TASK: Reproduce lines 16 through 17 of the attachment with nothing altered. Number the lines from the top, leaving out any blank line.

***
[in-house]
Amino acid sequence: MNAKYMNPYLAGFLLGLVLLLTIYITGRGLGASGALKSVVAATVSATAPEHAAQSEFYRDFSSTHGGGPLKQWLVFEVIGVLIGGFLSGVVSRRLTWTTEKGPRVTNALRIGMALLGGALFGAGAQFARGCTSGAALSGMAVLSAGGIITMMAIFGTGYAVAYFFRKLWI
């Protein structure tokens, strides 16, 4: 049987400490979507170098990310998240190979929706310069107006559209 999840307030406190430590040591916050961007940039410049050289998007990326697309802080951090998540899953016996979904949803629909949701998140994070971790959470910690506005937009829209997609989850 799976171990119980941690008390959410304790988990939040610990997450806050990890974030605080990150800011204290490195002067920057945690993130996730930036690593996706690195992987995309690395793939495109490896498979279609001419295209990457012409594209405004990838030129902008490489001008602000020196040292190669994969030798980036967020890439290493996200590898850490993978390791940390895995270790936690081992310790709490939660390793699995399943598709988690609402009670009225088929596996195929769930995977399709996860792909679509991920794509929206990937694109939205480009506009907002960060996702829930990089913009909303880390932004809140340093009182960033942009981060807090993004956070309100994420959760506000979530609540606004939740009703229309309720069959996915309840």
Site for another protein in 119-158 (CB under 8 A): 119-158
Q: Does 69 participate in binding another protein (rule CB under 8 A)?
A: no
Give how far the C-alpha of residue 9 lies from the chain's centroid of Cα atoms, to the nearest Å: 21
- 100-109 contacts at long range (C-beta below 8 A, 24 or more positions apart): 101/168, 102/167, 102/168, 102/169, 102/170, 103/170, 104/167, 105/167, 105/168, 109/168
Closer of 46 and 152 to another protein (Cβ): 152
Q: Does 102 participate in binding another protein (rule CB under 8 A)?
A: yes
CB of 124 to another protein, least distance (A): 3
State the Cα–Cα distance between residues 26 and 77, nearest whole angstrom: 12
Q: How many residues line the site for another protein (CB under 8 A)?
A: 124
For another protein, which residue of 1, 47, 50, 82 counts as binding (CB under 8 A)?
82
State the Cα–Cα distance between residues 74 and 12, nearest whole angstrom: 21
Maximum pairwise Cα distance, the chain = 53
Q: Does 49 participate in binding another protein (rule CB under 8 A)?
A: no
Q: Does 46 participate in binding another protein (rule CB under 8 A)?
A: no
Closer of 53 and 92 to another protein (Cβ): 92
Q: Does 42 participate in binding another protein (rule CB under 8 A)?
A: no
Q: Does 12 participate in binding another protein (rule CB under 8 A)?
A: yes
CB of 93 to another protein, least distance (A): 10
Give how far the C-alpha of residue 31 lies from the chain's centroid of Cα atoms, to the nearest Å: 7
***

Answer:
For another protein, which residue of 1, 47, 50, 82 counts as binding (CB under 8 A)?
82